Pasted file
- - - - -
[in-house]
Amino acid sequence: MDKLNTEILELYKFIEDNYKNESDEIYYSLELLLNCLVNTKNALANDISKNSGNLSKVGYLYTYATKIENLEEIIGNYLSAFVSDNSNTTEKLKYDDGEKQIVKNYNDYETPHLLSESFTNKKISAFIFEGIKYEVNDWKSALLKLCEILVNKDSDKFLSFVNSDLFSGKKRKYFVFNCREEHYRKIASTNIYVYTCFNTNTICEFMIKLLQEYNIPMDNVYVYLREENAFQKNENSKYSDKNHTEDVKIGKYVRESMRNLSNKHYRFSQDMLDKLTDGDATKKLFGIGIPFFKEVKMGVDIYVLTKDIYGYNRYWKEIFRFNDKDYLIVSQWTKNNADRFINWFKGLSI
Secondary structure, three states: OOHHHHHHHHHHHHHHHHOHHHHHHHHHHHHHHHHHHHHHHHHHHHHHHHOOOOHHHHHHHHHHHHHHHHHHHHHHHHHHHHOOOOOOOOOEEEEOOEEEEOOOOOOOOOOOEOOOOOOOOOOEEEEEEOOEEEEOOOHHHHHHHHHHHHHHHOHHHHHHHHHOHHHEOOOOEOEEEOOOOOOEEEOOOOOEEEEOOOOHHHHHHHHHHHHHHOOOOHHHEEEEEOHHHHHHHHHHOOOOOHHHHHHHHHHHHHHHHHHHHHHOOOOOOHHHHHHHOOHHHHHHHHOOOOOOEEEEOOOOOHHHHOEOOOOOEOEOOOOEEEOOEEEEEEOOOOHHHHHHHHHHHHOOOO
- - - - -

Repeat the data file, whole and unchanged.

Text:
[in-house]
Amino acid sequence: MDKLNTEILELYKFIEDNYKNESDEIYYSLELLLNCLVNTKNALANDISKNSGNLSKVGYLYTYATKIENLEEIIGNYLSAFVSDNSNTTEKLKYDDGEKQIVKNYNDYETPHLLSESFTNKKISAFIFEGIKYEVNDWKSALLKLCEILVNKDSDKFLSFVNSDLFSGKKRKYFVFNCREEHYRKIASTNIYVYTCFNTNTICEFMIKLLQEYNIPMDNVYVYLREENAFQKNENSKYSDKNHTEDVKIGKYVRESMRNLSNKHYRFSQDMLDKLTDGDATKKLFGIGIPFFKEVKMGVDIYVLTKDIYGYNRYWKEIFRFNDKDYLIVSQWTKNNADRFINWFKGLSI
Secondary structure, three states: OOHHHHHHHHHHHHHHHHOHHHHHHHHHHHHHHHHHHHHHHHHHHHHHHHOOOOHHHHHHHHHHHHHHHHHHHHHHHHHHHHOOOOOOOOOEEEEOOEEEEOOOOOOOOOOOEOOOOOOOOOOEEEEEEOOEEEEOOOHHHHHHHHHHHHHHHOHHHHHHHHHOHHHEOOOOEOEEEOOOOOOEEEOOOOOEEEEOOOOHHHHHHHHHHHHHHOOOOHHHEEEEEOHHHHHHHHHHOOOOOHHHHHHHHHHHHHHHHHHHHHHOOOOOOHHHHHHHOOHHHHHHHHOOOOOOEEEEOOOOOHHHHOEOOOOOEOEOOOOEEEOOEEEEEEOOOOHHHHHHHHHHHHOOOO